Viewpoint: Why ED crowding is 'canary in the coal mine' for healthcare's dysfunction

Often dismissed as a minor inconvenience for patients, emergency department crowding is actually an important indicator of the U.S. healthcare system's functioning, eight emergency medicine physicians wrote in a commentary published Sept. 28 in NEJM Catalyst Innovations in Care Delivery.

ED crowding is a widespread problem in healthcare that increases the risk of patient harm and hinders staff morale, the authors said. This issue has only intensified during the pandemic.

Misaligned healthcare economics that pressure hospitals to keep a high inpatient census and give preferential queuing to high-margin patients is a major root cause of ED crowding, the authors said. They also cited primary care shortages, few after-hours outpatient care services and a lack of post-acute care facilities as other contributors.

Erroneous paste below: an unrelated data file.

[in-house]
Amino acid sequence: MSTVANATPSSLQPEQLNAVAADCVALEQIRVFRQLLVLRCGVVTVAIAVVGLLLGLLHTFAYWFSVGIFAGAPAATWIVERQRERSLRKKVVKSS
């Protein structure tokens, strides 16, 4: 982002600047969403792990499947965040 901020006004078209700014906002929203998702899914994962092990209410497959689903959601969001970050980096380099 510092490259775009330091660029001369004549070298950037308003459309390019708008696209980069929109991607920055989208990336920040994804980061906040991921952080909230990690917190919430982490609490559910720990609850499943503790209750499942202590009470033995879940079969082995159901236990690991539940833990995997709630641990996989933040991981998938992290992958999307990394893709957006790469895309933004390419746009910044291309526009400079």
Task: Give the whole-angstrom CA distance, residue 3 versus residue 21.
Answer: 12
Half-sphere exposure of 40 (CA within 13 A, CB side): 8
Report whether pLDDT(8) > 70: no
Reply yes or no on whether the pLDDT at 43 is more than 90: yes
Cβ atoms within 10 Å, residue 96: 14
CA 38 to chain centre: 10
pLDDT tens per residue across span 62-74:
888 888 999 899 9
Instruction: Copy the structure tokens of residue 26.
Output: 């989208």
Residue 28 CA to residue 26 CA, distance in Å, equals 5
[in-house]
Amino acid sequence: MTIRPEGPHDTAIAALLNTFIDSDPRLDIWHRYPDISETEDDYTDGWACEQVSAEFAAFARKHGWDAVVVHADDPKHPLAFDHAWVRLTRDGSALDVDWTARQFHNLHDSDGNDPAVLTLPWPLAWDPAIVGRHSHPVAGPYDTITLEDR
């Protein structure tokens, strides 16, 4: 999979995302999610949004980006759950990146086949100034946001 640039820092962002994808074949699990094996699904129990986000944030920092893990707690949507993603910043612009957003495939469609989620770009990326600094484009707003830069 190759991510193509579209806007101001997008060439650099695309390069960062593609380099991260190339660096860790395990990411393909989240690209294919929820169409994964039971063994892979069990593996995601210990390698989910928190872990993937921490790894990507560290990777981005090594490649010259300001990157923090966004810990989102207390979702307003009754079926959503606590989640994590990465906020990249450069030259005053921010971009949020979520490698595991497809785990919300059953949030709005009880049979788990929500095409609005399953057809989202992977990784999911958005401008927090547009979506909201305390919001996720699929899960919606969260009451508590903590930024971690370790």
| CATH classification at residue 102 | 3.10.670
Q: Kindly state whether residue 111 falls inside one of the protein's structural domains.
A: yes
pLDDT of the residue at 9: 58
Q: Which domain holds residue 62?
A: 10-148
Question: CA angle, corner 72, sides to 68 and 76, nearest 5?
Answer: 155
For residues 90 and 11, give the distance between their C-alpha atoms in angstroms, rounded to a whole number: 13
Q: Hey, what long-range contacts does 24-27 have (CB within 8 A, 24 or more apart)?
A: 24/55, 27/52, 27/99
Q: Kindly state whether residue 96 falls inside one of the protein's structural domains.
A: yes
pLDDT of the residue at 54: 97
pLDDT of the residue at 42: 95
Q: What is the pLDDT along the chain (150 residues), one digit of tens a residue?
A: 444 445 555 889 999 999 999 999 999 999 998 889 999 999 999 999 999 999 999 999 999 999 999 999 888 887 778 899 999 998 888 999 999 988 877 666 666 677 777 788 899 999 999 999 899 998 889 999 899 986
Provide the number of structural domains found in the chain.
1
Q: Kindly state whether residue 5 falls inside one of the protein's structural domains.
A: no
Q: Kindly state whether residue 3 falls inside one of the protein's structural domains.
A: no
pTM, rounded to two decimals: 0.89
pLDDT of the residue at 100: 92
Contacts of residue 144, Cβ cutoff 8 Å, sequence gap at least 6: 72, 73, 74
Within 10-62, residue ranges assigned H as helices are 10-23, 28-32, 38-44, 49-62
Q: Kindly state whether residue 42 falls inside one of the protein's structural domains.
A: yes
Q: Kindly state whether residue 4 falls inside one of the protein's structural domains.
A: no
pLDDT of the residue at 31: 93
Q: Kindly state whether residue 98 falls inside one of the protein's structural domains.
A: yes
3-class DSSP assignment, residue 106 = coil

"The key to a sustainable solution is to realign healthcare financing to allow hospitals to keep inpatient capacity below a critical threshold of 90 percent; beyond that, hospital throughput dynamics will inevitably lead to ED crowding," they argued. 

The authors said healthcare leaders have a moral imperative to address these capacity issues and alleviate patient safety risks in the ED. 

"Like the ailing canary in the coal mine, ED crowding is a symptom of healthcare system dysfunction. The canary's condition is critical," they concluded. "Without action, patients will continue to be at a heightened risk of harm. Time for real action is now."

To view the full article, click here.

Copyright © 2024 Becker's Healthcare. All Rights Reserved. Privacy Policy. Cookie Policy. Linking and Reprinting Policy.


Featured Whitepapers

Featured Webinars